Chiefly British. a case or bag to carry clothing in while traveling, especially a leather trunk or suitcase that opens into two halves.
Also called port·man·teau word . a word that combines the form and meaning of two or more other words; a blend.
Also called port·man·teau morph . a phonological unit of more than one morpheme, as French au (to the) from à to + le masculine article, which realizes a preposition and the definite article; a single morph that is analyzed as representing two underlying morphemes.
something that combines or blends several items, features, or qualities: I've gathered a portmanteau of ideas from my colleagues.
combining or blending several items, features, or qualities: a portmanteau film with two good stories.
Dictionary.com Unabridged Based on the Random House Unabridged Dictionary, © Random House, Inc. 2023
How to use portmanteau in a sentence
Marketers love a portmanteau, and this one refers to the blending of physical and digital realms that gathered steam due to the pandemic.CMO Summit Recap: How marketers are adjusting to the delayed phase-out of third-party cookies | Sara Jerde | July 27, 2021 | Digiday
Plogging—a portmanteau of jogging and the Swedish term plocka upp, which means “pick up”—was created in 2016 by Erik Ahlstrom, a Swedish runner who was tired of seeing so much trash on his daily jogs.
One of my biggest concerns was balancing work and vacation, and not tipping the portmanteau scale too far in one direction.Was a three-week trip to New Orleans for work or vacation? Both. | Andrea Sachs | February 19, 2021 | Washington Post
Making this dish for my Jamaican husband and our two small “Trin-Ja-Merican” children — a fitting portmanteau to describe their multicultural heritage — I appreciate the warmth and satiating quality that aloo and channa confers.Trinidad-style aloo and channa infuses an Indian classic with Caribbean flavor | Brigid Washington | January 22, 2021 | Washington Post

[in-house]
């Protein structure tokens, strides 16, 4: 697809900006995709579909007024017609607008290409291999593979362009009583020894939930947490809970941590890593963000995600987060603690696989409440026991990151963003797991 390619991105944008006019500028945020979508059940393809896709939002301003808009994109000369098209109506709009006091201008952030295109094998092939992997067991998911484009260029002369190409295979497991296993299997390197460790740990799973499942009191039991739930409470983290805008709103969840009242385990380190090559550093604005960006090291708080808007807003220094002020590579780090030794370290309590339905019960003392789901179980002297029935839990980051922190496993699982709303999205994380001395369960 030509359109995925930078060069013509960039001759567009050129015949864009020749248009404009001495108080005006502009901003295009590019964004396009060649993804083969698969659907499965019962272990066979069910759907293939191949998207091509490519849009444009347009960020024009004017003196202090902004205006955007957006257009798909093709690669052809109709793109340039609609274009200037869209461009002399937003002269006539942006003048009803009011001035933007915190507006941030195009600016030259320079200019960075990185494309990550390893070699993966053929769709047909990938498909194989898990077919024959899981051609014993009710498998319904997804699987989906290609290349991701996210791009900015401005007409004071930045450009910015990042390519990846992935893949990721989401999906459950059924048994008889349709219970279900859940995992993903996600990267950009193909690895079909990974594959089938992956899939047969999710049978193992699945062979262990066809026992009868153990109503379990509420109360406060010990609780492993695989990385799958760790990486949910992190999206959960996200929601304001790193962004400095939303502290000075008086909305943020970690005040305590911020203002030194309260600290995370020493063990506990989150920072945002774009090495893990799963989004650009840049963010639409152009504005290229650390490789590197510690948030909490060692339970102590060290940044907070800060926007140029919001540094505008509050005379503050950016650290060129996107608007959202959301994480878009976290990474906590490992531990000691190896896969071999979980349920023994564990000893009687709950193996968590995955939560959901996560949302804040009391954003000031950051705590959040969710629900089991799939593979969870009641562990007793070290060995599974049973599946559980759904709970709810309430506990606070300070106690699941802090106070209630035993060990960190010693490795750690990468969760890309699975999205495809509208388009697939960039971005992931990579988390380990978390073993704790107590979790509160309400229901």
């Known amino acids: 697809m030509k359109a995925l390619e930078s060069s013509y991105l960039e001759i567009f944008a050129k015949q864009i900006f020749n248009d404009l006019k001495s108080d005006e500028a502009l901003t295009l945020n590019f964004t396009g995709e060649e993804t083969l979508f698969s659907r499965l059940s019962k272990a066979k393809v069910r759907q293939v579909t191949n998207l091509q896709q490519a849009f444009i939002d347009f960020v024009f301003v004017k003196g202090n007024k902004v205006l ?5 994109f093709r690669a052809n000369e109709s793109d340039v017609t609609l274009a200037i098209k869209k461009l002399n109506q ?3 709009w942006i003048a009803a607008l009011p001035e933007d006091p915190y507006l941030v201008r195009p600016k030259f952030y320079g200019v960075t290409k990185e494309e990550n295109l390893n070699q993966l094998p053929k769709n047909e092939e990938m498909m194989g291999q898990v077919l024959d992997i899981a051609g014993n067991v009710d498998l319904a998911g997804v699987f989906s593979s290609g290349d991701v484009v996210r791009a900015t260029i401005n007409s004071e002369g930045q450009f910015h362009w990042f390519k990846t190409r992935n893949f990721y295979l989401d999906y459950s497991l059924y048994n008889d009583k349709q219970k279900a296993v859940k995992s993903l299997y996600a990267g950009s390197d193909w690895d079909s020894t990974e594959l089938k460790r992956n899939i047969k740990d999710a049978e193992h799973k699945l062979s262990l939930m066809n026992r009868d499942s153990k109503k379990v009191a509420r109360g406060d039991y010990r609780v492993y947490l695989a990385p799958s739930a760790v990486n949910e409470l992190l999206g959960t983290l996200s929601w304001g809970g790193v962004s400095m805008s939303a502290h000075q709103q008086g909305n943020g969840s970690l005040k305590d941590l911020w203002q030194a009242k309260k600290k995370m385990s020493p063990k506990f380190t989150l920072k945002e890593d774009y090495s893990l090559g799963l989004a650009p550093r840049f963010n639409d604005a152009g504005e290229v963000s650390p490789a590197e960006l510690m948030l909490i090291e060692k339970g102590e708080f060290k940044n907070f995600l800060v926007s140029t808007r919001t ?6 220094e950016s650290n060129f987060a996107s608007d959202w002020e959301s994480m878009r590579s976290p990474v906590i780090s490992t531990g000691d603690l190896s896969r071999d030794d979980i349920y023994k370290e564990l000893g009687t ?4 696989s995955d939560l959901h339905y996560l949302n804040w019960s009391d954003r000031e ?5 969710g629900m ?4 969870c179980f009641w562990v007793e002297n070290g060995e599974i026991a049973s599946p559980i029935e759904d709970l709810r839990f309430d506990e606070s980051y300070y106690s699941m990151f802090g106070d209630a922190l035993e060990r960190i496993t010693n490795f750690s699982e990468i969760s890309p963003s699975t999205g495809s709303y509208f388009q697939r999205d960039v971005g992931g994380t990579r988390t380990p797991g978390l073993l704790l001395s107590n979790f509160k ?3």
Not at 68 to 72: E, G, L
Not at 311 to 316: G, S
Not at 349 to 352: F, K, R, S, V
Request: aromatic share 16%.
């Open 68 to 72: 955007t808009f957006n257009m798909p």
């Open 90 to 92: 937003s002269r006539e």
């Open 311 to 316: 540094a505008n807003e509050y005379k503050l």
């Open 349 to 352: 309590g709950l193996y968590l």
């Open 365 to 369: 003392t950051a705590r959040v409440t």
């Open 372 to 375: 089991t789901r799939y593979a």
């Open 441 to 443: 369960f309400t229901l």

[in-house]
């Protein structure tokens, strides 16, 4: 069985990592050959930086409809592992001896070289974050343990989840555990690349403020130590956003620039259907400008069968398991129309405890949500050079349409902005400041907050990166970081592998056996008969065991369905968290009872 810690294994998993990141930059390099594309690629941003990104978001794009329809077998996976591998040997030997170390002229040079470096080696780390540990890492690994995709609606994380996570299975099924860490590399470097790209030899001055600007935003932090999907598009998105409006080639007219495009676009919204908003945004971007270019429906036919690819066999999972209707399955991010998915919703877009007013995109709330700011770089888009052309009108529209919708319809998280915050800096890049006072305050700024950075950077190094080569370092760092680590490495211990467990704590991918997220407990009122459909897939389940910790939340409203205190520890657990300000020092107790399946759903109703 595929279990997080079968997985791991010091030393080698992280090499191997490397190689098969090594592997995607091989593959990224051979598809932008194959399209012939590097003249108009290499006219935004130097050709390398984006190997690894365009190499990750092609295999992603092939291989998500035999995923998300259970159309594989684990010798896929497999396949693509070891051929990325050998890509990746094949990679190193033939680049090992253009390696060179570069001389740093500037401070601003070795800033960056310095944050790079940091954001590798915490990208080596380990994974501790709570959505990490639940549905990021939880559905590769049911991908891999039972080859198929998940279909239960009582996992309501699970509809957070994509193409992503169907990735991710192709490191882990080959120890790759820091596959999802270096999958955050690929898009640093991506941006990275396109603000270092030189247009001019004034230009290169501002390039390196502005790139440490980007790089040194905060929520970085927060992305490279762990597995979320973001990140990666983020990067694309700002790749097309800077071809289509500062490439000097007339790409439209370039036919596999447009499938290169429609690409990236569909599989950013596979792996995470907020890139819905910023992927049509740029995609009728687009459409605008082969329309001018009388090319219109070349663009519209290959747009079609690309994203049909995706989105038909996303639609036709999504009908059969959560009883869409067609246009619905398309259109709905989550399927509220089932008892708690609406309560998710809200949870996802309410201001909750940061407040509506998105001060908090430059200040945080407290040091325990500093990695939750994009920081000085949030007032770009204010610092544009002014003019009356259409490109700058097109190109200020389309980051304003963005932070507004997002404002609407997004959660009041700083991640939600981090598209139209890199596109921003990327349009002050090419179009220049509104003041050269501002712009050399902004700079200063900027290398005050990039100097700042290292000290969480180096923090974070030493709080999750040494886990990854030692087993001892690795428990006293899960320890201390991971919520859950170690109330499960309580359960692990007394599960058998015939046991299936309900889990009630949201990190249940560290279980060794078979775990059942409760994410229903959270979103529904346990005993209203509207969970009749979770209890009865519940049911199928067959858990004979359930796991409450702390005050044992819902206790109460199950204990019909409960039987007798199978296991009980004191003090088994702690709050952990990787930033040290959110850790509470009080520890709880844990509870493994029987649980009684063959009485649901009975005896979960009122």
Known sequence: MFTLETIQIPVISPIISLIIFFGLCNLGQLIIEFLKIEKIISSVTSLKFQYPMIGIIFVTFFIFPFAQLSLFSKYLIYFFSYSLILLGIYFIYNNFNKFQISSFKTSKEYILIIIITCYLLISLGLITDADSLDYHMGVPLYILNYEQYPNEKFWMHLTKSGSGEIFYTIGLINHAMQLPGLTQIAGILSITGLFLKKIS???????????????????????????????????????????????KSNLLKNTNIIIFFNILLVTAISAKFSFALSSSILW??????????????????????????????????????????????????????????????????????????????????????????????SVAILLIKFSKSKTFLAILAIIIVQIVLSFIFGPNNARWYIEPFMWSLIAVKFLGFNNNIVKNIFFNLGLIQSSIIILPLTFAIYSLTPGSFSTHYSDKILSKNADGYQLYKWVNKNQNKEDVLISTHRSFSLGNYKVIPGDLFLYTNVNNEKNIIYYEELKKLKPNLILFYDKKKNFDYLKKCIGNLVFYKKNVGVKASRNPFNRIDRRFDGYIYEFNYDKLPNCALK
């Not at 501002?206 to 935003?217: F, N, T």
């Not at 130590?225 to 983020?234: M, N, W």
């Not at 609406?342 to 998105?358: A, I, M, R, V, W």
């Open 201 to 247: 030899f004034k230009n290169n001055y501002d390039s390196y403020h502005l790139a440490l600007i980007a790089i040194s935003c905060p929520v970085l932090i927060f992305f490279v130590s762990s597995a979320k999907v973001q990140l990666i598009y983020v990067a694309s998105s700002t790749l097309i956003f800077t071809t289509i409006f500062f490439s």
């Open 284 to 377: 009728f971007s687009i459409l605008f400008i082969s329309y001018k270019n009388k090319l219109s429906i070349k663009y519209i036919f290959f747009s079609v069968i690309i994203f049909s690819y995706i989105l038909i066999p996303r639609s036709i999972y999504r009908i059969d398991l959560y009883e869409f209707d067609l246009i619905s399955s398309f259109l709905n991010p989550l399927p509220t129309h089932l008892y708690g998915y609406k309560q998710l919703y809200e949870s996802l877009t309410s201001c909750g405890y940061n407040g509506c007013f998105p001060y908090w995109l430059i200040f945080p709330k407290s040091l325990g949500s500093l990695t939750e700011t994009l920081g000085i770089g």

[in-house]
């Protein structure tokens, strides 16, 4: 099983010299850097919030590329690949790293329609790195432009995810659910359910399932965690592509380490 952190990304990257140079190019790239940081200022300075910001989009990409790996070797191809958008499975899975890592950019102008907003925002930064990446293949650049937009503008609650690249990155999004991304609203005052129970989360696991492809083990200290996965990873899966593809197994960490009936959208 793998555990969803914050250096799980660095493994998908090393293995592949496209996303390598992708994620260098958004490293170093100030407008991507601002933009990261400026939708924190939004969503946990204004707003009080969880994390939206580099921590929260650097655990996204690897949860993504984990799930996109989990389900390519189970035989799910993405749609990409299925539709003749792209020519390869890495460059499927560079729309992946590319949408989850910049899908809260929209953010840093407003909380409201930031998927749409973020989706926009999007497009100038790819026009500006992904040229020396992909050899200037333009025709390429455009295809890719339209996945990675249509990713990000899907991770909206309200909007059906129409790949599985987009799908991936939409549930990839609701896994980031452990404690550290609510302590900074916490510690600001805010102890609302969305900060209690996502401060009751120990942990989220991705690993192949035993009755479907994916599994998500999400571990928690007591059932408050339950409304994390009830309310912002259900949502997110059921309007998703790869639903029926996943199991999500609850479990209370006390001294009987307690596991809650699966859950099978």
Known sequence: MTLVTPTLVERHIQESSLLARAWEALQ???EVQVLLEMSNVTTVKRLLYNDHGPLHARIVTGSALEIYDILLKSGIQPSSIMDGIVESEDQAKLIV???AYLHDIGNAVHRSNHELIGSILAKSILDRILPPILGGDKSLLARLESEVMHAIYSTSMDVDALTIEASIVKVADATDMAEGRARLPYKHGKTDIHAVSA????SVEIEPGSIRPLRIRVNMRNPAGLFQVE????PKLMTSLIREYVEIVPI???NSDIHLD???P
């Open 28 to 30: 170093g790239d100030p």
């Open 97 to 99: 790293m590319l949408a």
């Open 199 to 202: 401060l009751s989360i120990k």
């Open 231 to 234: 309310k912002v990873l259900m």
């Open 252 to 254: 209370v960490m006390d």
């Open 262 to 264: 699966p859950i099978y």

This dermatological condition—a portmanteau of “mask” and “acne”—affects people of all ages and skin types, regardless of whether they have a history of skin irritation.Mask up without breaking out. Here’s how to prevent pandemic acne. | Sandra Gutierrez G. | December 3, 2020 | Popular-Science
Allie calls it “Fat Boy,” an unsubtle portmanteau of the nicknames—“Fat Man” and “Little Boy”—given the bombs dropped over Japan.American Dreams: ‘The Mosquito Coast’ by Paul Theroux | Nathaniel Rich | September 20, 2012 | THE DAILY BEAST
And yet, they got over it and would go on to earn the portmanteau "Merkozy."Francois Hollande: France’s Anti-Sarkozy President | Tracy McNicoll | May 7, 2012 | THE DAILY BEAST
Whichever way you look at it, the are-they-or-aren't-they couple earned the portmanteau Brittana and a lot of attention.
A portmanteau by way of the frontier, this term was given flight by Sarah Palin.
This longing for grimness actually has its own portmanteau word, ostalgie.
The portmanteau was the sign of youth and progress; old-fashioned people stuck to the carpet bag.Fifty Years of Railway Life in England, Scotland and Ireland | Joseph Tatlow
Such thoughts as these passed through the worthy officer's mind as he carefully packed his portmanteau.The Pit Town Coronet, Volume I (of 3) | Charles James Wills
He had not even had the energy to finish his packing, and his clothes and papers lay on the floor about the portmanteau.Summer | Edith Wharton
When they saw my portmanteau (twenty-five pounds in weight), they were quite puzzled to know what to do with it.A Woman's Journey Round the World | Ida Pfeiffer
And he rose at once, reshouldered the portmanteau, and taking the candle in his other hand, moved forward to the Lodge.Tales and Fantasies | Robert Louis Stevenson
British Dictionary definitions for portmanteau
(formerly) a large travelling case made of stiff leather, esp one hinged at the back so as to open out into two compartments
(modifier) embodying several uses or qualities: the heroine is a portmanteau figure of all the virtues
Collins English Dictionary - Complete & Unabridged 2012 Digital Edition © William Collins Sons & Co. Ltd. 1979, 1986 © HarperCollins Publishers 1998, 2000, 2003, 2005, 2006, 2007, 2009, 2012